Campus tours are meant to show a university in its best light. It’s no wonder that schools choose to show their best dining halls, the new gym, or the renovated housing. Unfortunately, only showcasing the nicest amenities causes the students to face disappointment upon move in day. Many see this sales tactic as a sense of false advertising.
Student housing is a particular area of concern. The New York Times published a review of “Dorms You’ll Never See on the Campus Tour” specifically mentioning the Andros complex here at USF. Andros is a 50-year-old residence hall that has showers so tiny a student had, “trouble raising her arms above her head to lather her hair, with water temperatures that veer from freezing to scalding,” according to The New York Times.
Andros housing, often crowded and dysfunctional, is a far cry from the apartment-style housing on campus, which offers private rooms and a private kitchen. It is not difficult to predict which form of housing will usually be shown to prospective freshmen.
The issue is transparency in business. While it would be great for campus tours to be fully honest, that is not reality. The best solution is to eliminate the amount of unsuitable housing, which allows for a more complete tour. If all dorms are at least reasonable, then there is no cause to avoid showing all options to freshmen.
USF is taking steps toward this issue with plans to renovate Andros into a full facility with new buildings, a dining hall, restaurants, and a gym, according to The Oracle. These improvements would obviously lead to a much more fulfilling experience for incoming students and others on the USF campus, as well as create a new highlight for forthcoming campus tours.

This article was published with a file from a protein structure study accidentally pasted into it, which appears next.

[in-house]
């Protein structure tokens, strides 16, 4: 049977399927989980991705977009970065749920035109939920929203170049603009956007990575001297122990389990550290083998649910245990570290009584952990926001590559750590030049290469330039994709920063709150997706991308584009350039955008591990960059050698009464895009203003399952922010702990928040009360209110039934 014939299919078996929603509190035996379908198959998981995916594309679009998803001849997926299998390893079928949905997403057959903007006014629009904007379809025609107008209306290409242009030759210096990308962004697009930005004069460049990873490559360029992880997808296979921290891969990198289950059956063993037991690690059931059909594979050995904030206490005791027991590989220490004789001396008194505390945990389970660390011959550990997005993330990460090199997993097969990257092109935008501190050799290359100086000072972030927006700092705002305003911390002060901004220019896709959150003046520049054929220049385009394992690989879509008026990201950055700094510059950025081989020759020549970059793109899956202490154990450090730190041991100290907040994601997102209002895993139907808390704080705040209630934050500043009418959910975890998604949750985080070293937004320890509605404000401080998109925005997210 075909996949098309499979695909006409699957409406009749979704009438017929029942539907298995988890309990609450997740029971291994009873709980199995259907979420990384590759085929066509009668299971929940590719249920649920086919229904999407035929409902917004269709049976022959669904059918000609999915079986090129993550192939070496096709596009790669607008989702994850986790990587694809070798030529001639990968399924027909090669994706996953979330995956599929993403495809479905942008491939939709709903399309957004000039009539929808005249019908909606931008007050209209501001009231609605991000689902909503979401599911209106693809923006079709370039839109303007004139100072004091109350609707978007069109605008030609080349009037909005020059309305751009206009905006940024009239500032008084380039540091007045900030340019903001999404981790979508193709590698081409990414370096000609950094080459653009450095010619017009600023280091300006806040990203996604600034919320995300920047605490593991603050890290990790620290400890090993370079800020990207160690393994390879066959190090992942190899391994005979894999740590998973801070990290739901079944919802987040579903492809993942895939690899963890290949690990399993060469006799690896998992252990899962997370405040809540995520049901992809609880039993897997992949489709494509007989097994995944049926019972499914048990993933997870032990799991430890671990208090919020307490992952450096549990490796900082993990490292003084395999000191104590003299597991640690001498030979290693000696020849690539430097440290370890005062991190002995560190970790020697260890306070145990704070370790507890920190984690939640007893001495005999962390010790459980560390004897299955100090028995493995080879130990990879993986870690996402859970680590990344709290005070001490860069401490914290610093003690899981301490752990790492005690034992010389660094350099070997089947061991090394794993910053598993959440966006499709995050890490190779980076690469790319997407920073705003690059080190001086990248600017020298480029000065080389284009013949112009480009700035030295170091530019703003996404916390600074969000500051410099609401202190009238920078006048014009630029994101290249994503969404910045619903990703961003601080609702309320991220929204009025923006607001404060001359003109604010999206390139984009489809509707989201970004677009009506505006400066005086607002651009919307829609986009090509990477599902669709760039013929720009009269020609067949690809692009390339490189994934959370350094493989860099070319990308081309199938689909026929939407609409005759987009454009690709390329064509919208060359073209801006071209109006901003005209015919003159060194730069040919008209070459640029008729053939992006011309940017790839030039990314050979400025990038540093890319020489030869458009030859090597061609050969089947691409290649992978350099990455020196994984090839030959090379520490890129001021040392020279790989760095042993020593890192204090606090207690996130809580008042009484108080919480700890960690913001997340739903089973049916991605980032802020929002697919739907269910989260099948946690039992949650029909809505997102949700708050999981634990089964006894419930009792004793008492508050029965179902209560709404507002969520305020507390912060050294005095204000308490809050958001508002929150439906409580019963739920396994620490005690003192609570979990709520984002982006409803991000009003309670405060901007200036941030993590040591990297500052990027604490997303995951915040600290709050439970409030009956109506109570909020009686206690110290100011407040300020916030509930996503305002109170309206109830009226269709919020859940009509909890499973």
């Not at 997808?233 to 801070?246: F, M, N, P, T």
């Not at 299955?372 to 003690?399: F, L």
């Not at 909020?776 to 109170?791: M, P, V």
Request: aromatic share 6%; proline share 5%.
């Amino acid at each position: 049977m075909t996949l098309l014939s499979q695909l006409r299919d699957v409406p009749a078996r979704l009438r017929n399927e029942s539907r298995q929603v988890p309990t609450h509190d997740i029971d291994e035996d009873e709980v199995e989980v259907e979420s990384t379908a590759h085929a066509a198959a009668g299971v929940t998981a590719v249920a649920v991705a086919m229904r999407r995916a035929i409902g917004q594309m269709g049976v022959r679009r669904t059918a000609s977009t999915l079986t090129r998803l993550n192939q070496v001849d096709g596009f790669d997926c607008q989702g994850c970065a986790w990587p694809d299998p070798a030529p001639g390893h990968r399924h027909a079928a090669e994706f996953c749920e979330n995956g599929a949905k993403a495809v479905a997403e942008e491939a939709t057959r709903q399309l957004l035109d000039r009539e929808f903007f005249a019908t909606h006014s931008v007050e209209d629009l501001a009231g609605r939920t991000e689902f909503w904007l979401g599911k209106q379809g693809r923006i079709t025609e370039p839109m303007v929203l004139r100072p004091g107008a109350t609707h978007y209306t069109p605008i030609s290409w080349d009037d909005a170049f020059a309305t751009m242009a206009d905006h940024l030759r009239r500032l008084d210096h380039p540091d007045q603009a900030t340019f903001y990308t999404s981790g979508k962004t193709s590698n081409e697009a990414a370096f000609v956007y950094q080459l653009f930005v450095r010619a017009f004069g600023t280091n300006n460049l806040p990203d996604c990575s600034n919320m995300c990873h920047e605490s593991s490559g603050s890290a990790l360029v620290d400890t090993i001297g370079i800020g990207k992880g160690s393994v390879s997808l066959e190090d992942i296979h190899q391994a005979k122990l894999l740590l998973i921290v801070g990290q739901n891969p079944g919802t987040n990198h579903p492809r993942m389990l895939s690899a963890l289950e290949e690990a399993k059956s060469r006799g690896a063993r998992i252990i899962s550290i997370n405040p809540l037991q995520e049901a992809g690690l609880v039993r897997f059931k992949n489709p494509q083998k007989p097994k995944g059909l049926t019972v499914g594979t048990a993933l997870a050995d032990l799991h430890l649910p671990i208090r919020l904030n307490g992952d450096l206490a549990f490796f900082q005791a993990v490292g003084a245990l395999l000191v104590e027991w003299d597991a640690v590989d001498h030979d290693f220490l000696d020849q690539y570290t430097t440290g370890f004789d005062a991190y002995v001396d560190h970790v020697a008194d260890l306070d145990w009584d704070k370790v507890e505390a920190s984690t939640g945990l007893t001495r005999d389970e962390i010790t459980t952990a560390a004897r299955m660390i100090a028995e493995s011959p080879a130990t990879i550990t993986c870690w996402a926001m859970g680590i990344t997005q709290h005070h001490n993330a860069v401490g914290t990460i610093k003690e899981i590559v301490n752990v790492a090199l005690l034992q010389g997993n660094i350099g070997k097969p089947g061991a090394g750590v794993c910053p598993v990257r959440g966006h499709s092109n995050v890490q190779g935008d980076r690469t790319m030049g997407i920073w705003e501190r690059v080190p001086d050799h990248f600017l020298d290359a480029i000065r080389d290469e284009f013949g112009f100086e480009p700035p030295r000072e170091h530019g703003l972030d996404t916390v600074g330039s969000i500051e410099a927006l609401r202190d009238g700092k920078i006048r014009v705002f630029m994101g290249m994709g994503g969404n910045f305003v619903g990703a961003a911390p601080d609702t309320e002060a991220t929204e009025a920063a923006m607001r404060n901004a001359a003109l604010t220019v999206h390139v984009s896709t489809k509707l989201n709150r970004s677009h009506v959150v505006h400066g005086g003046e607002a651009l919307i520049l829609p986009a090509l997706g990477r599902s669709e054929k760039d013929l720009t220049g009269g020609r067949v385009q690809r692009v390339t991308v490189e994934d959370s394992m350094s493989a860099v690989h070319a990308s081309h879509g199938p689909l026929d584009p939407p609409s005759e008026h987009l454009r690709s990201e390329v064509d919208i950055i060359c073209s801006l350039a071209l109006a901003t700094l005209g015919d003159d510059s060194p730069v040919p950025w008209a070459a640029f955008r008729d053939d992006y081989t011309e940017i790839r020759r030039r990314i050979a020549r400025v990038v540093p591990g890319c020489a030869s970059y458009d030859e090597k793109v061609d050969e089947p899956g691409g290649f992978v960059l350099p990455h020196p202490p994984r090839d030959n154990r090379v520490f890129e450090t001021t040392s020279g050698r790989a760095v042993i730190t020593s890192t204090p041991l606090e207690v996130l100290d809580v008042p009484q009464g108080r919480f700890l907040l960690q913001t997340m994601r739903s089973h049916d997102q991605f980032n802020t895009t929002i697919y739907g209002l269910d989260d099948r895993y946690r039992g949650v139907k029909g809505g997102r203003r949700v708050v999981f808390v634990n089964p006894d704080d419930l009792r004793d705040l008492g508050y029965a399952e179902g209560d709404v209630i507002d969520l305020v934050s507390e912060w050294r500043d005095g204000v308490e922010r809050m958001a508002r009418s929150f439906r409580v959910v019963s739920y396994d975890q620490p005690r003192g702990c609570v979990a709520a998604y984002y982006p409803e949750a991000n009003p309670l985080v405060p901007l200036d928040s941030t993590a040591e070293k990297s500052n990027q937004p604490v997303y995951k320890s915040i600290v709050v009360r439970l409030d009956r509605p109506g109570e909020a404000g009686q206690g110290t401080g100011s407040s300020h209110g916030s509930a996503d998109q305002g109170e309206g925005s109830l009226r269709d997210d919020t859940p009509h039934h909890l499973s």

In the end, it is in the university’s interest to have the best housing possible. The institutional, drab dorms of the past are unreasonable to expect paying students to live in. The cost of college now is too high to justify such sub-par conditions. Many universities, including USF, have combated the move off-campus by requiring students to live in a residence hall for their first year.
Even with the first-year housing requirement, only 77 percent of first-year students live on campus, according to the College Board. While this has something to do with USF’s reputation as a commuter school, it may also have to do with the price and condition of housing. If students can purchase better housing at a cheaper rate off campus, then they will.
Even still, living on campus the first year can certainly help foster friendships and aids in learning the university layout. However, it also forces many freshmen into the worst, often oldest, housing. It is not necessary for every student to have a private room with a walk-in closet and a flat-screen TV, but every freshman should have a realistic chance at living comfortably on campus, regardless of their income status.
Chelsea Mulligan is a
sophomore majoring in political science.